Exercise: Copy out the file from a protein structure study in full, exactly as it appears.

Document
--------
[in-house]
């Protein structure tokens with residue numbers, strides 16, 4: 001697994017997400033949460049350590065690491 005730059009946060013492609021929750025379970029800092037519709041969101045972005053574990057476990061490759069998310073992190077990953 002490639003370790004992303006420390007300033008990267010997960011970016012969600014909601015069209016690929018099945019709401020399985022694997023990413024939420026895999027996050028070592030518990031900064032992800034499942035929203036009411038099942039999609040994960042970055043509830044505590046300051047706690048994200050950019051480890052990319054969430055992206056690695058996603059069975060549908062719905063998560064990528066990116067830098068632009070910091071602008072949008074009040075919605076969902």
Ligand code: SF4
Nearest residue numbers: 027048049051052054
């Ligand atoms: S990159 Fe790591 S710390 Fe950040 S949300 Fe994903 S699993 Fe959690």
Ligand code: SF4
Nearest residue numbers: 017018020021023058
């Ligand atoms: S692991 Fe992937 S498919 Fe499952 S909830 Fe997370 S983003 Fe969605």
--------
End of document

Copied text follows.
[in-house]
């Protein structure tokens with residue numbers, strides 16, 4: 001697994017997400033949460049350590065690491 005730059009946060013492609021929750025379970029800092037519709041969101045972005053574990057476990061490759069998310073992190077990953 002490639003370790004992303006420390007300033008990267010997960011970016012969600014909601015069209016690929018099945019709401020399985022694997023990413024939420026895999027996050028070592030518990031900064032992800034499942035929203036009411038099942039999609040994960042970055043509830044505590046300051047706690048994200050950019051480890052990319054969430055992206056690695058996603059069975060549908062719905063998560064990528066990116067830098068632009070910091071602008072949008074009040075919605076969902």
Ligand code: SF4
Nearest residue numbers: 027048049051052054
């Ligand atoms: S990159 Fe790591 S710390 Fe950040 S949300 Fe994903 S699993 Fe959690």
Ligand code: SF4
Nearest residue numbers: 017018020021023058
């Ligand atoms: S692991 Fe992937 S498919 Fe499952 S909830 Fe997370 S983003 Fe969605």